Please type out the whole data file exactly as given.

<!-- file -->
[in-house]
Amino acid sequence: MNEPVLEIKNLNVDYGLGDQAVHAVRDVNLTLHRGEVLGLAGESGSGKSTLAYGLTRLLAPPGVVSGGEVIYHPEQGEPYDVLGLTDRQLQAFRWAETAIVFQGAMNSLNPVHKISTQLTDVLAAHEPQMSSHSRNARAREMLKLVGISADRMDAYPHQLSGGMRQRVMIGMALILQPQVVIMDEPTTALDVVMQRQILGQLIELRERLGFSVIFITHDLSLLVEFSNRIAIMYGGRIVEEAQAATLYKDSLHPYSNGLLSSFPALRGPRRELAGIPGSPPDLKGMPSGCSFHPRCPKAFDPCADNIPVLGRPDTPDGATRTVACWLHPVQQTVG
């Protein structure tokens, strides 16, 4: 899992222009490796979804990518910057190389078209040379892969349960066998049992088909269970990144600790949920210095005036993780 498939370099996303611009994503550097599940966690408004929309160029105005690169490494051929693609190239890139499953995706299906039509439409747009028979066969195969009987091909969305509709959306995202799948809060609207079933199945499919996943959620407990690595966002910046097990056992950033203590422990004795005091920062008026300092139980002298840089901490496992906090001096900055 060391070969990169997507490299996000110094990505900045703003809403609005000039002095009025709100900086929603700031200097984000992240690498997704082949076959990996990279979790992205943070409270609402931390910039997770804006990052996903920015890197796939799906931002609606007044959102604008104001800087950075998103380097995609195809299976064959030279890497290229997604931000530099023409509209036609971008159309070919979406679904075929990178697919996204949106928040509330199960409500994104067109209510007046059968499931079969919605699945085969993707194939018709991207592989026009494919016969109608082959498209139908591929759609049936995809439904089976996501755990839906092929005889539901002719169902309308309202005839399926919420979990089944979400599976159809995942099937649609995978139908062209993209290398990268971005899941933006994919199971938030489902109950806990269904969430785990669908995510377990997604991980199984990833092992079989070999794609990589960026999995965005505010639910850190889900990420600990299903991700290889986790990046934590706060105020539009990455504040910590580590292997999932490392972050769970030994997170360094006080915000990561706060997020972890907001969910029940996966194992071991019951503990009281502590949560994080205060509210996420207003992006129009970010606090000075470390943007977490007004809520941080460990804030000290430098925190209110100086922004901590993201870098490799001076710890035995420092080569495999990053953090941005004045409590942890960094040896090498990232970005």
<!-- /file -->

[in-house]
Amino acid sequence: MNEPVLEIKNLNVDYGLGDQAVHAVRDVNLTLHRGEVLGLAGESGSGKSTLAYGLTRLLAPPGVVSGGEVIYHPEQGEPYDVLGLTDRQLQAFRWAETAIVFQGAMNSLNPVHKISTQLTDVLAAHEPQMSSHSRNARAREMLKLVGISADRMDAYPHQLSGGMRQRVMIGMALILQPQVVIMDEPTTALDVVMQRQILGQLIELRERLGFSVIFITHDLSLLVEFSNRIAIMYGGRIVEEAQAATLYKDSLHPYSNGLLSSFPALRGPRRELAGIPGSPPDLKGMPSGCSFHPRCPKAFDPCADNIPVLGRPDTPDGATRTVACWLHPVQQTVG
């Protein structure tokens, strides 16, 4: 899992222009490796979804990518910057190389078209040379892969349960066998049992088909269970990144600790949920210095005036993780 498939370099996303611009994503550097599940966690408004929309160029105005690169490494051929693609190239890139499953995706299906039509439409747009028979066969195969009987091909969305509709959306995202799948809060609207079933199945499919996943959620407990690595966002910046097990056992950033203590422990004795005091920062008026300092139980002298840089901490496992906090001096900055 060391070969990169997507490299996000110094990505900045703003809403609005000039002095009025709100900086929603700031200097984000992240690498997704082949076959990996990279979790992205943070409270609402931390910039997770804006990052996903920015890197796939799906931002609606007044959102604008104001800087950075998103380097995609195809299976064959030279890497290229997604931000530099023409509209036609971008159309070919979406679904075929990178697919996204949106928040509330199960409500994104067109209510007046059968499931079969919605699945085969993707194939018709991207592989026009494919016969109608082959498209139908591929759609049936995809439904089976996501755990839906092929005889539901002719169902309308309202005839399926919420979990089944979400599976159809995942099937649609995978139908062209993209290398990268971005899941933006994919199971938030489902109950806990269904969430785990669908995510377990997604991980199984990833092992079989070999794609990589960026999995965005505010639910850190889900990420600990299903991700290889986790990046934590706060105020539009990455504040910590580590292997999932490392972050769970030994997170360094006080915000990561706060997020972890907001969910029940996966194992071991019951503990009281502590949560994080205060509210996420207003992006129009970010606090000075470390943007977490007004809520941080460990804030000290430098925190209110100086922004901590993201870098490799001076710890035995420092080569495999990053953090941005004045409590942890960094040896090498990232970005």